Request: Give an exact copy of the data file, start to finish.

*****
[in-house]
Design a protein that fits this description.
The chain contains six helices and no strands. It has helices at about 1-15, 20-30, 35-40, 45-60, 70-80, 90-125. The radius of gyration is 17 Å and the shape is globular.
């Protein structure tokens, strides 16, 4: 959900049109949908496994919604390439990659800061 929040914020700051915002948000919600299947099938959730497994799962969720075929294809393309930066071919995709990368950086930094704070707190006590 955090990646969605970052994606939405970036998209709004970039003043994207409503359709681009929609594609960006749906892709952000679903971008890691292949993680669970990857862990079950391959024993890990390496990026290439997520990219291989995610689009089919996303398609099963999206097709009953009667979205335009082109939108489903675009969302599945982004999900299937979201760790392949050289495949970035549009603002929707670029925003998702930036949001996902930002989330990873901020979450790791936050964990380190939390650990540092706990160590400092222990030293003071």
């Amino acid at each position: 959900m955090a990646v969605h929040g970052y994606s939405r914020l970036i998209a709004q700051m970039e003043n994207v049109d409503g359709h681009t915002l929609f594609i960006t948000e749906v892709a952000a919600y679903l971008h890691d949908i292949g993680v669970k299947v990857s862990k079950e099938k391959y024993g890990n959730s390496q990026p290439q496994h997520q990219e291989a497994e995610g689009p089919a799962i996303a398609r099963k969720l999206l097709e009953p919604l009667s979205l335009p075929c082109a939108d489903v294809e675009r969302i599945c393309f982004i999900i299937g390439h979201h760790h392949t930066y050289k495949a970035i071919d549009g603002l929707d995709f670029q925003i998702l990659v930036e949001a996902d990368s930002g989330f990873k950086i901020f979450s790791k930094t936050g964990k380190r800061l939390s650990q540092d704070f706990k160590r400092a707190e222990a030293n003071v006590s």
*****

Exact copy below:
[in-house]
Design a protein that fits this description.
The chain contains six helices and no strands. It has helices at about 1-15, 20-30, 35-40, 45-60, 70-80, 90-125. The radius of gyration is 17 Å and the shape is globular.
């Protein structure tokens, strides 16, 4: 959900049109949908496994919604390439990659800061 929040914020700051915002948000919600299947099938959730497994799962969720075929294809393309930066071919995709990368950086930094704070707190006590 955090990646969605970052994606939405970036998209709004970039003043994207409503359709681009929609594609960006749906892709952000679903971008890691292949993680669970990857862990079950391959024993890990390496990026290439997520990219291989995610689009089919996303398609099963999206097709009953009667979205335009082109939108489903675009969302599945982004999900299937979201760790392949050289495949970035549009603002929707670029925003998702930036949001996902930002989330990873901020979450790791936050964990380190939390650990540092706990160590400092222990030293003071």
């Amino acid at each position: 959900m955090a990646v969605h929040g970052y994606s939405r914020l970036i998209a709004q700051m970039e003043n994207v049109d409503g359709h681009t915002l929609f594609i960006t948000e749906v892709a952000a919600y679903l971008h890691d949908i292949g993680v669970k299947v990857s862990k079950e099938k391959y024993g890990n959730s390496q990026p290439q496994h997520q990219e291989a497994e995610g689009p089919a799962i996303a398609r099963k969720l999206l097709e009953p919604l009667s979205l335009p075929c082109a939108d489903v294809e675009r969302i599945c393309f982004i999900i299937g390439h979201h760790h392949t930066y050289k495949a970035i071919d549009g603002l929707d995709f670029q925003i998702l990659v930036e949001a996902d990368s930002g989330f990873k950086i901020f979450s790791k930094t936050g964990k380190r800061l939390s650990q540092d704070f706990k160590r400092a707190e222990a030293n003071v006590s």